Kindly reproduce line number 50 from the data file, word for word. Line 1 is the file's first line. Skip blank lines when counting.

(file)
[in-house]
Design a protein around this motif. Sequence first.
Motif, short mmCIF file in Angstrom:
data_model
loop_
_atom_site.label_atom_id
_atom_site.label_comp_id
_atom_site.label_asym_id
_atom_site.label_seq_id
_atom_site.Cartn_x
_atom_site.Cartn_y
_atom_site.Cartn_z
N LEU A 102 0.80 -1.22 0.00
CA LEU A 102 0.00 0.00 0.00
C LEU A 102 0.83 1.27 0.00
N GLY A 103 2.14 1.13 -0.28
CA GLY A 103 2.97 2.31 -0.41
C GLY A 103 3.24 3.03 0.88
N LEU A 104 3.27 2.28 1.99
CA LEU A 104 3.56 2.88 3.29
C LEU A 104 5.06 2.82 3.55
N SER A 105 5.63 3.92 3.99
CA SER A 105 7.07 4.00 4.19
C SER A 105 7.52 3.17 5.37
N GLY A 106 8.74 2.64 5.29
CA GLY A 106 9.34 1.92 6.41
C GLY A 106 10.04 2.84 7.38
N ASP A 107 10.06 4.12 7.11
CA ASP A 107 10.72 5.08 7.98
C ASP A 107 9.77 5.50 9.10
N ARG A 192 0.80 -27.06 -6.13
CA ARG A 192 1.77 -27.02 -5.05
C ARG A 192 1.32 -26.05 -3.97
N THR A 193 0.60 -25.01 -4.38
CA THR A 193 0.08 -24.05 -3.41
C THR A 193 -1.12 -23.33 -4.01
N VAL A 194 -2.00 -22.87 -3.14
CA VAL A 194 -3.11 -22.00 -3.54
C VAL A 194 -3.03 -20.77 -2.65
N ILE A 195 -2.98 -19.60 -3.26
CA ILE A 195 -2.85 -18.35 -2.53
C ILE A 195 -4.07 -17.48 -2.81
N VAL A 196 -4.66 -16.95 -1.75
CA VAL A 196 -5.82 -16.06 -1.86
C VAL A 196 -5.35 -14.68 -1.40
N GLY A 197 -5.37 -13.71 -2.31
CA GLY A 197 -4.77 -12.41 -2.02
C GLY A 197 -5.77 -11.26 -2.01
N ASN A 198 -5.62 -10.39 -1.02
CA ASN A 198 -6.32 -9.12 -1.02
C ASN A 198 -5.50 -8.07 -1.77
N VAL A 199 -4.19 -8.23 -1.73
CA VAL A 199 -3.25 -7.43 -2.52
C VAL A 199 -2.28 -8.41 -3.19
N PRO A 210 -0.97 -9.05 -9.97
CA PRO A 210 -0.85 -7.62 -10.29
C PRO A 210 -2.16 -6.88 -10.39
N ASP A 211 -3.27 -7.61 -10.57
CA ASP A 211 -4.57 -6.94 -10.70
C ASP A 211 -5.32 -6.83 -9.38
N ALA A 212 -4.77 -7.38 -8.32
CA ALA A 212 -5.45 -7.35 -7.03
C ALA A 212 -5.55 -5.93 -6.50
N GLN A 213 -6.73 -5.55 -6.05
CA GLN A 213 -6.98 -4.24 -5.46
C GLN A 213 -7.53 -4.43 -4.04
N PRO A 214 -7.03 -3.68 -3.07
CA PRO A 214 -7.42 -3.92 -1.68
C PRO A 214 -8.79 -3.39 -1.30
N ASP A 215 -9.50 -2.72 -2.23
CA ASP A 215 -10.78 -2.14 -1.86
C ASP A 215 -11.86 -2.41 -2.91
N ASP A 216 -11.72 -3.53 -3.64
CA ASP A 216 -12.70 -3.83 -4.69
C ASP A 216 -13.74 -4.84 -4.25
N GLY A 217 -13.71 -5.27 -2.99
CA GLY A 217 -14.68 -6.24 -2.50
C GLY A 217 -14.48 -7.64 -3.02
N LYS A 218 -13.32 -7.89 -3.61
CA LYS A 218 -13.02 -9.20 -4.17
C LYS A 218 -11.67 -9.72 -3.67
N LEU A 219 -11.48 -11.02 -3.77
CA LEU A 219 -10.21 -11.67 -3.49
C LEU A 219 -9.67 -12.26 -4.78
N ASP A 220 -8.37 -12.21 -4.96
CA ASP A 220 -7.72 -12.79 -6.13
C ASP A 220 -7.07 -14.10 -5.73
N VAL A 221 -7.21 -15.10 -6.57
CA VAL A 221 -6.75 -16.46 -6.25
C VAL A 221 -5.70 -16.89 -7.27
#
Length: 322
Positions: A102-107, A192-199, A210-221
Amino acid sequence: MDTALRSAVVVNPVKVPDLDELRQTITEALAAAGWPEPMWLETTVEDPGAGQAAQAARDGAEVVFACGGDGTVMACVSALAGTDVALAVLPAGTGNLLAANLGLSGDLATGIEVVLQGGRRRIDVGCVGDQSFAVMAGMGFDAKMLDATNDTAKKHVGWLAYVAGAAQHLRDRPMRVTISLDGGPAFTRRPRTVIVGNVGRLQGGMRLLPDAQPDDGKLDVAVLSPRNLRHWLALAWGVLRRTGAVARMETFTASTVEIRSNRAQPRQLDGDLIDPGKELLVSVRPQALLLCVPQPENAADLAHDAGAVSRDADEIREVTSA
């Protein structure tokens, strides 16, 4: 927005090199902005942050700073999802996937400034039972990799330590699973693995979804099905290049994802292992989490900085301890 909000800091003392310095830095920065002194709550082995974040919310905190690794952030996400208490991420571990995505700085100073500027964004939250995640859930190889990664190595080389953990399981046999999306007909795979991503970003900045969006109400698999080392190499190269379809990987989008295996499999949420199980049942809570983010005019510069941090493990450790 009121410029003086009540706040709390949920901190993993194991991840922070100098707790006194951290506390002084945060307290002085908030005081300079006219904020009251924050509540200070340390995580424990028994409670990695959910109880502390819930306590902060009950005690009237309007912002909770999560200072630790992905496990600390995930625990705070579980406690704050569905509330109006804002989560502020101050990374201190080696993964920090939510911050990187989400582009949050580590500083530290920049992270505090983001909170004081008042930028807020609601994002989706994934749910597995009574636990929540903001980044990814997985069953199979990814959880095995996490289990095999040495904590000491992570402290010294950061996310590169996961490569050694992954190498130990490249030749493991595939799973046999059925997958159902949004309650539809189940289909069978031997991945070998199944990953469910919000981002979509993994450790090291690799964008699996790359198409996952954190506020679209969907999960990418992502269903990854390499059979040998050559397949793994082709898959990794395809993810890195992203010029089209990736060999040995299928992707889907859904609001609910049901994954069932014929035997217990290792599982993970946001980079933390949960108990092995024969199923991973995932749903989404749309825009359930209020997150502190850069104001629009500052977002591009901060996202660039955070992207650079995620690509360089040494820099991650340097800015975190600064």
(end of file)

CA ASN A 198 -6.32 -9.12 -1.02